For young Phillip Hughes his best cricket was still ahead of him, but the fatal head injury in a domestic first-class match cut him away. Struck behind the left ear by a bouncer on Tuesday he collapsed on the ground unconscious. He did not recover consciousness and died in hospital two days later, plunging the cricket fraternity into mourning. His mother and sister were at the ground when he was struck. Born and brought up in his parents’ banana farm New South Wales he moved to Sydney to further his cricketing ambitions when he was 16, and never looked back. He made his Test debut for Australia against South Africa in Johannesburg in February 2009. Only last month he was part of the Australian squad, which played two Twenty20 Internationals, three ODIs and two Tests against Pakistan in UAE. With memory so fresh, the Pakistan-New Zealand’s second day of their third Test was abandoned on Thursday as mark of respect for the fallen Phil Hughes. Condolences have poured in from all over the cricket world. “It’s a sad day for cricket. We share the grief of Hughes’ untimely and tragic death with his friends and family, and also our friends in Cricket Australia,” PCB Chairman Shaharyar M Khan said in his message. The Hughes’ tragic death produces resonance in Pakistan also for the fact that our rising cricket star, Ahmed Shehzad, luckily escaped when a short-pitched ball cracked his cheekbone earlier this month in a match with New Zealand. Quite a few other matches elsewhere too were aborted as expression of respect and support for Phil and his family.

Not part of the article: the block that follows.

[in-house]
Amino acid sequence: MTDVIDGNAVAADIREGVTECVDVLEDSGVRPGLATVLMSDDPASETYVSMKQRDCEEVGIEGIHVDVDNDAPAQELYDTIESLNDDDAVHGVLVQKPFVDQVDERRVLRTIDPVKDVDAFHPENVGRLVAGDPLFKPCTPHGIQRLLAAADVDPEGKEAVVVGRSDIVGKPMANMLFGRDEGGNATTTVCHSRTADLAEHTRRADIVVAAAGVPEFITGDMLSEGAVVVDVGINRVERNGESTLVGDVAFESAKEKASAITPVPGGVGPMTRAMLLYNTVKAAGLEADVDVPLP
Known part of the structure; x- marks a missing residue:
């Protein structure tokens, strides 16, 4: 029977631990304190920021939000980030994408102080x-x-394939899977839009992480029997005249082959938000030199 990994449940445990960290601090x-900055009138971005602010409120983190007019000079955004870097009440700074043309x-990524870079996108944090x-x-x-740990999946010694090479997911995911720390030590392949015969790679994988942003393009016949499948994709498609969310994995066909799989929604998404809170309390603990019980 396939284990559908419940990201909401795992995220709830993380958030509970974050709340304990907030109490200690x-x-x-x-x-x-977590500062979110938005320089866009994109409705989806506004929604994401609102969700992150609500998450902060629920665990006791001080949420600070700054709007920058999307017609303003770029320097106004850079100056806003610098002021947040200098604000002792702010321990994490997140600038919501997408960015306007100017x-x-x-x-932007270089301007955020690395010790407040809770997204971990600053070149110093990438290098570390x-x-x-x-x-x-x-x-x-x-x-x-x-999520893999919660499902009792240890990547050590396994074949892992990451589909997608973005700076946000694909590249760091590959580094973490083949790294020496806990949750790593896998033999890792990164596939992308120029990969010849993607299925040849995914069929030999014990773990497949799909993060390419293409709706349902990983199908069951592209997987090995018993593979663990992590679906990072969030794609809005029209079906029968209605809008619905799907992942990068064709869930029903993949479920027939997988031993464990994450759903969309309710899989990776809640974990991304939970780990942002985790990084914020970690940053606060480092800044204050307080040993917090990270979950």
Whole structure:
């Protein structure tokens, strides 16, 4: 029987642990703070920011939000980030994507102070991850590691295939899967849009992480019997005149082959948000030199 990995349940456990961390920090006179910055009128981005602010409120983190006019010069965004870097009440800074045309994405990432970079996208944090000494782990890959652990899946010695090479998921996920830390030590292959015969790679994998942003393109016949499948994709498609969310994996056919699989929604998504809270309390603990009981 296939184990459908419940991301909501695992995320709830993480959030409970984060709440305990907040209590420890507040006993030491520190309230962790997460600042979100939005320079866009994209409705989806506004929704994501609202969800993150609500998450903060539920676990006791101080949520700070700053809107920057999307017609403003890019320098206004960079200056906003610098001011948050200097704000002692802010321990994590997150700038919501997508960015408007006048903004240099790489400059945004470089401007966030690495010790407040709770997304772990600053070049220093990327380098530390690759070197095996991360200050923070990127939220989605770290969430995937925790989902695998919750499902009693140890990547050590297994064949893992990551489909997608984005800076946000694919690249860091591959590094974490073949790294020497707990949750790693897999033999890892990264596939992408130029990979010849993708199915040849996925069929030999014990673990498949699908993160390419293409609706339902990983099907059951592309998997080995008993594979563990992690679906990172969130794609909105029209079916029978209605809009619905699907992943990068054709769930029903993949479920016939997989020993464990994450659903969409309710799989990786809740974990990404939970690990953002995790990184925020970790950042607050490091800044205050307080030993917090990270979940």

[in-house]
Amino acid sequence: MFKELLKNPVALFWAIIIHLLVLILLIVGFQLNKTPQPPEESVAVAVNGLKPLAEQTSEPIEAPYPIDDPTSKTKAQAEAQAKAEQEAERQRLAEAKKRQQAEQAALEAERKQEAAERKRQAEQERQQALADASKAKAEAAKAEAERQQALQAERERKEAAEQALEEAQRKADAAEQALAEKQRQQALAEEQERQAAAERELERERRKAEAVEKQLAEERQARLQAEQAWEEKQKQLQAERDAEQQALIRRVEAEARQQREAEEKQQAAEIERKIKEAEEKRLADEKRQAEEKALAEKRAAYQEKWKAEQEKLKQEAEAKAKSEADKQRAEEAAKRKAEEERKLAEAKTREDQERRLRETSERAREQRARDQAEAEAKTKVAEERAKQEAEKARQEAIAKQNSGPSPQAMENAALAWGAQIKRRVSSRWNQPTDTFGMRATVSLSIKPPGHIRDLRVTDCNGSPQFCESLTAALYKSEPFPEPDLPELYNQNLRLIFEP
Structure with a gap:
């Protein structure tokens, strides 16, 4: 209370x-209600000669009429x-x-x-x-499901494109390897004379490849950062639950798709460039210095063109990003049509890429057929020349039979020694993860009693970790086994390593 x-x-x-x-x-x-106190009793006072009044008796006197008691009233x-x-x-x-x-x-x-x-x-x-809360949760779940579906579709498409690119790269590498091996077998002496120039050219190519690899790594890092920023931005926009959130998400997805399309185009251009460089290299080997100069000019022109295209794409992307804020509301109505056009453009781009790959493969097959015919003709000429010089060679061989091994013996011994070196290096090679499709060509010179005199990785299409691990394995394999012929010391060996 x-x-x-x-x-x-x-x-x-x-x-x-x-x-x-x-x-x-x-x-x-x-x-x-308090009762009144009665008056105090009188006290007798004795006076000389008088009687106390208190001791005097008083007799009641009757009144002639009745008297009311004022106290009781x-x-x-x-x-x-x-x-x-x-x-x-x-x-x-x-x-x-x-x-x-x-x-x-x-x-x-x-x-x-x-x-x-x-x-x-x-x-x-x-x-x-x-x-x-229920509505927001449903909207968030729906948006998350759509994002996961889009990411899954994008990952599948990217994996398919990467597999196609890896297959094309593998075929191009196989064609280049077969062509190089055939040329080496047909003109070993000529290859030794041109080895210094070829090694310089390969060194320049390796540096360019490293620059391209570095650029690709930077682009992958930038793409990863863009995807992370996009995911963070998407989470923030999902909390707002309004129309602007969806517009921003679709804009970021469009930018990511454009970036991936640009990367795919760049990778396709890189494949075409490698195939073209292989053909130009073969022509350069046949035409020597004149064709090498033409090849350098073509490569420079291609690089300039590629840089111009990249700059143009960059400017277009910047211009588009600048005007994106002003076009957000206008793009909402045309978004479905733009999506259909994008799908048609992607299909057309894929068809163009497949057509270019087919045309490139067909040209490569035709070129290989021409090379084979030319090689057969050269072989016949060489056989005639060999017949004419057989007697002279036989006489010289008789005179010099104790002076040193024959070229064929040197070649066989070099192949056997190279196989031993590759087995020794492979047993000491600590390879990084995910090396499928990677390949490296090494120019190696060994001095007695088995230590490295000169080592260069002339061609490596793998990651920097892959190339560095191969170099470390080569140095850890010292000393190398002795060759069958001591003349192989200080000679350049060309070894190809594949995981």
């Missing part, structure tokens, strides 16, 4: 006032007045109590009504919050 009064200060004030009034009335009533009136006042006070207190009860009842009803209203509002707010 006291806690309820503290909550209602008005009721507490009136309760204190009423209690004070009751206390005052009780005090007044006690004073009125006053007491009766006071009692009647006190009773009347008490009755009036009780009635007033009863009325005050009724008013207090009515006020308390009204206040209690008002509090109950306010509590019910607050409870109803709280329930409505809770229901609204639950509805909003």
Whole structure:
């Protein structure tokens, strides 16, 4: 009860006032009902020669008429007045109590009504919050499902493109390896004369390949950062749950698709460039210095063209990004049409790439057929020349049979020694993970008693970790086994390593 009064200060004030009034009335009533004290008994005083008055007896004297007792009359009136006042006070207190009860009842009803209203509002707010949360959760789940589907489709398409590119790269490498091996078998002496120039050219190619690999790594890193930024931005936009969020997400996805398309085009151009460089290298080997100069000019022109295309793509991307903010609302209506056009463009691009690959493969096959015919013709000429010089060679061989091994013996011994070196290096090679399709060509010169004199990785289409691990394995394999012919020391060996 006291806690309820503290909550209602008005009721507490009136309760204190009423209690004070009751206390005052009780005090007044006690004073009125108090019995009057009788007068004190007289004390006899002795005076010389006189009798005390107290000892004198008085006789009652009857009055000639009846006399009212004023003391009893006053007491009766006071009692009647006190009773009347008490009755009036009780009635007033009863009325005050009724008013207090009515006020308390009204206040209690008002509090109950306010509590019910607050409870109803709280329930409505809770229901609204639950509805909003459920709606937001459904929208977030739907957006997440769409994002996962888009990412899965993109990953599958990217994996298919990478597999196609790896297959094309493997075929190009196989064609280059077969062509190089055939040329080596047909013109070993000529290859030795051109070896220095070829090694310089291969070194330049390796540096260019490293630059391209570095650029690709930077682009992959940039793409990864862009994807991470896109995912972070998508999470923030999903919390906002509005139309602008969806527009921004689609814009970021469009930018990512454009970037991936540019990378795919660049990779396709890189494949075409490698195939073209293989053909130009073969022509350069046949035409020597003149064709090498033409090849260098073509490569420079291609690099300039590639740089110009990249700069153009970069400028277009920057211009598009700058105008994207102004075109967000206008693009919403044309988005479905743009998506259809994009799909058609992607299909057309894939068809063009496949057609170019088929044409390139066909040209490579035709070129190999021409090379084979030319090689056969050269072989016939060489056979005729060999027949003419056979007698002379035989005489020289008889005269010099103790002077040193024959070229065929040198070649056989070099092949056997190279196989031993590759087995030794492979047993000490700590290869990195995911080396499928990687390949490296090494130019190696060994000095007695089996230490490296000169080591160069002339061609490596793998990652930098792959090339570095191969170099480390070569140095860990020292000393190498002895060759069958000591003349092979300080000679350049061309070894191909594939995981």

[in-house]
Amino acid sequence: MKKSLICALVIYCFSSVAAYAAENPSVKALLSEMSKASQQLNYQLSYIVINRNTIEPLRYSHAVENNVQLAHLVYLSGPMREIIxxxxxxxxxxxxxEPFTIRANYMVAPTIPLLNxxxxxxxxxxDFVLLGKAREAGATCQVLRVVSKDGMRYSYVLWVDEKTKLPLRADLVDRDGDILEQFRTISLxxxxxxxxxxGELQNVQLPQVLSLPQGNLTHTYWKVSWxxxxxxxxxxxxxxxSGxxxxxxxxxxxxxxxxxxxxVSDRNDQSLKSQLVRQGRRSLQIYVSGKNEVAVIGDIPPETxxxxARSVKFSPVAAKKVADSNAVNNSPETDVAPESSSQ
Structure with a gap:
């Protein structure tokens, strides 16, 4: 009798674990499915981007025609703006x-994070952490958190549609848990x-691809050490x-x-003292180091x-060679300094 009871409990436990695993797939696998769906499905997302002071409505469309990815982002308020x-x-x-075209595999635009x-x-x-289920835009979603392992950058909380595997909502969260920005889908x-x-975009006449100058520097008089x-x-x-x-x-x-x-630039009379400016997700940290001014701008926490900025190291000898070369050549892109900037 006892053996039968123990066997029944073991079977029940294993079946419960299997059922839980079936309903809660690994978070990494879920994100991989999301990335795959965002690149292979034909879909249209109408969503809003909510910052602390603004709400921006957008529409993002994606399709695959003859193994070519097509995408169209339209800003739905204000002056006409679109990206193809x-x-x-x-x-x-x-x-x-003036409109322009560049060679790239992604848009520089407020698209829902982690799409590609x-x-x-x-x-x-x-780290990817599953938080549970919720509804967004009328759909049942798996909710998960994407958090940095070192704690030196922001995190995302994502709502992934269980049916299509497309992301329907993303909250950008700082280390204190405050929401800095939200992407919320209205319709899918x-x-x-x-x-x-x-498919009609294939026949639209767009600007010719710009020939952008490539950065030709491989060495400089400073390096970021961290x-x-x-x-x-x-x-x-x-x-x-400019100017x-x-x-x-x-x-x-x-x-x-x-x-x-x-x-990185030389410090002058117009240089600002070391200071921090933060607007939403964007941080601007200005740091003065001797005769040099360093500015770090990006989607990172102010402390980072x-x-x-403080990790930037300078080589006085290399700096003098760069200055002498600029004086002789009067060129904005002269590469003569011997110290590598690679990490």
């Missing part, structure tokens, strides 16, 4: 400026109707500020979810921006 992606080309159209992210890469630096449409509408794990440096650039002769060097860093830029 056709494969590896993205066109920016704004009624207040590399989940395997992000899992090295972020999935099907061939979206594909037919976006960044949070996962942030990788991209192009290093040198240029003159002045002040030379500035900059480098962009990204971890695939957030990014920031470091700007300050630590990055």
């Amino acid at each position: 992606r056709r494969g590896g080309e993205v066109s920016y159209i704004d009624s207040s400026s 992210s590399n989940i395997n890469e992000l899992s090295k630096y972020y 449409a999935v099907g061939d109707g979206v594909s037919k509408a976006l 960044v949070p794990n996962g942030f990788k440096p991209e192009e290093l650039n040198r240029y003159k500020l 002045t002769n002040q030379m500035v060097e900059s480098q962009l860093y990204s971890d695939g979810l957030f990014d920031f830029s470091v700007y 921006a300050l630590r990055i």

As compared to other sports death by the blow of ball is indeed freak accident in cricket history, as compared to other sports. But it has been always there. Among deaths caused from on-field incidents most were due to head injuries but a quite few when player was hit in the chest – in Pakistan, Zulfikar Bhatti died when hit on chest during a club game in Sukkur in 2013 and wicketkeeper Abdul Aziz collapsed and died in 1959 in Karachi when hit in chest while batting. Over the years, safer and harder helmets and other protective gear have been produced. But complete protection against death on the ground cannot be ensured. There were cases when players simply collapsed and died. Wasim Raja (Pakistan, 53) died of a heart attack while playing for Surrey Over-50s at Marlow in Buckinghamshire in 2006. At the same time the authorities may like to review certain rules of the game, particularly short-pitched bowling to make the game safer. Let the cricket be more safe, really the gentleman’s sport. But for Phil Hughes brother, sister and parents this was the end of the charm called cricket. His Test captain Michael Clarke was the first to arrive at the hospital after Phil was rushed there, and read the family’s statement upon his death. “We are devastated by the loss our much loved son and brother, Phillip,” said the family statement, and Clarke could read it in pieces, fighting back his tears. Our heart goes out for the family of fallen cricket hero.
Source: Business Recorder